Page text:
70.3 miles Total 7:04:42
1.2 mile Swim 40 minutes
T1 6 minutes
56 mile Bike 3:50 (15 miles an hour)
13.1 Run 2:19 (10:30 minute per mile)
Clearly, the bike is my weakness! I didn’t expected that to change, since the only two triathlons I’ve competed in were two weeks apart. I really wanted to see where I was at so I could focus my training and compare results to next year.
Next year, I want to complete the St. George half Ironman (May 2015) and the Tahoe full Ironman (September 2015).
Vikingman was an adventure. J$ and I pulled into Heywood, Idaho during a downpour. He looked at me and said, “You’ve got to be kidding.”
I grinned. “It can’t keep this up. It will blow itself out and tomorrow will be beautiful.”
He was not optimistic. It continued to rain alternating between a sprinkle to torrential rains throughout the afternoon and night. The wind crept in every now and again along with lightning and thunder.
We woke up at 5:00 am and drove to get coffee (me) and Mountain Dew (J$). When we got back, we put our numbers on our legs and arms and took our running and bike stuff over to transition.
I can describe the transition area in one word. Swamp. The rains from the last few days had turned the entire area into a grassy muddy mess. We set up our stuff trying to keep things dry and still have quick access to it.
We took the shuttle to the swim start at 7 a.m. It was 50 degrees Fahrenheit. There was no wind which both J$ and I were grateful for. J$’s start time was 7:30 a.m. and mine was 7:35 a.m. The water temperature was 68 degrees Fahrenheit.
We stood around shivering while the officials told us absolutely no drafting on the bike and no ipods or music during the entire event.
The water was cold, but warmer than standing on shore. I didn’t have any problems during the swim portion of the race, other than getting out of the current once. Since they had the half, Olympic, and sprint distances starting between 7:30 and 8:00 a.m., when I saw a group of swimmers on the shore I started to go toward the shore thinking it was the swim out. It wasn’t. It was the sprint start. Thank goodness I realized it before I was completely ashore.
Once I was out of the water and my wetsuit was stripped off, I was freezing cold. I shoved food in my mouth with shaking hands, pulled on bike shorts, and a jacket. I tried to dry my feet and keep them mud free before putting them into socks and shoes, but it didn’t work out too well.
The bike course consisted of four loops. I don’t mind doing loops, but four is a lot. The course was flat, but southern Idaho is known for its wind. We had a tail wind going east (don’t quote me on the direction I could be wrong, but you get the idea). A cross wind going north and south, and a head wind going west.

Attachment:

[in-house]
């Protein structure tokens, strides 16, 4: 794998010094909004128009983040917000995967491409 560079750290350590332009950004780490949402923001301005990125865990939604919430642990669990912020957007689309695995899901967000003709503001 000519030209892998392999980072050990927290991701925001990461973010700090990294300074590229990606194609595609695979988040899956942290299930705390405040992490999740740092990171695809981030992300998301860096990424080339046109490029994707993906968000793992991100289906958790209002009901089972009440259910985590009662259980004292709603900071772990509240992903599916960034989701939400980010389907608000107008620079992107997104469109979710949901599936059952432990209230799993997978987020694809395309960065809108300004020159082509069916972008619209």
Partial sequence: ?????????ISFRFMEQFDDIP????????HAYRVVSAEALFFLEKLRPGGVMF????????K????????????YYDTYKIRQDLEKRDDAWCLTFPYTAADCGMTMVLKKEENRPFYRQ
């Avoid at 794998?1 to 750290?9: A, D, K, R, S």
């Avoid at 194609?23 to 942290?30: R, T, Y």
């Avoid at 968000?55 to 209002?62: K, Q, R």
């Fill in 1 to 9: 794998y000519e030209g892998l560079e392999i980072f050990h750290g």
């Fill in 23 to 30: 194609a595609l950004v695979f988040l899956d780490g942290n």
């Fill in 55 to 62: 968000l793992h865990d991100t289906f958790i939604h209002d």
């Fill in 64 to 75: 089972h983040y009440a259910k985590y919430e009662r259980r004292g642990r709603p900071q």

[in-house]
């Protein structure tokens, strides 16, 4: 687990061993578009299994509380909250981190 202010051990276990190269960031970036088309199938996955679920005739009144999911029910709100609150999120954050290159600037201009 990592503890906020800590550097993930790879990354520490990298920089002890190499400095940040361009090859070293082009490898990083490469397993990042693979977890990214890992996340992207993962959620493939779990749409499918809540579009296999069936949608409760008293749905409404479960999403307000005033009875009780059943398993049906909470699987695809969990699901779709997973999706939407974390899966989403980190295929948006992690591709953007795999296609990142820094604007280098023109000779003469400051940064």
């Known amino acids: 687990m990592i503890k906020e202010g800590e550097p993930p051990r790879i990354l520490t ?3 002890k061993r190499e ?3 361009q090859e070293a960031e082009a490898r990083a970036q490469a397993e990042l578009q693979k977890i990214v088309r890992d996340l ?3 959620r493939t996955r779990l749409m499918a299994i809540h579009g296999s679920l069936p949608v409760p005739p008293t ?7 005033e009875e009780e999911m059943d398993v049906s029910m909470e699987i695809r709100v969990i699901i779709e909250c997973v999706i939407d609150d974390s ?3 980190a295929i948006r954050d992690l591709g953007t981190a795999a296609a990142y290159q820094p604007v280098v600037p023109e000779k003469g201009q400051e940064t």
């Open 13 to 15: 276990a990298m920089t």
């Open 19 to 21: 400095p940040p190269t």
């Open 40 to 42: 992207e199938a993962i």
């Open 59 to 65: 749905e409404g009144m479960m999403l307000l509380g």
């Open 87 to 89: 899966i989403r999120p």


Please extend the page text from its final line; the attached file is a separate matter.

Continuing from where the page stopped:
The wind was constant at about 20 mph and the gusts were probably about 30 mph, needless to say, they slowed us down going north, south and especially west. I’m not the best cyclist, but I’ve done my share of 100 mile rides. I can typically finish in 4 hours and 30 minutes. So, when 56 miles took 3 hours and 50 minutes, I was a little frustrated and just wanted to get off the freaking bike!
Once into transition, I again tried to stay out of the swampy mess by standing on plastic bags and my towel, which was now covered in mud. I pulled off my bike shorts and changed socks and shoes.
During the swim, I had passed J$, but he caught up to me in the last two miles of the bike. We came into transition about a minute apart and headed out on the run together.
That first mile after being on a bike is tough! But once we got our running legs back, we trucked along at a steady pace. We worked in some walk breaks because we were both beat to death by the wind on the bike course. I have to say a loop course that comes within a tenth of a mile to the finish line is cruel and unusual punishment, not motivation.
On the second loop of the run course, I looked at J$ and said, “So I guess you need more than five days to taper for a half ironman. Next time, I won’t run back to back long runs (25/20 mile) the weekend before.”
“That’s probably a good idea,” he said.
What’s the plan from here? I refuse to drop my running miles or give up running ultramarathons, so I know I will not be as strong on the bike as other triathletes. But it’s a sacrifice I’m willing to make. I am going to try to work in a spin class in during the fall and winter one night a week. I am also going to work on doing intervals on my trainer on my own. Finally, I am going to save up and get a tri-bike next spring/summer.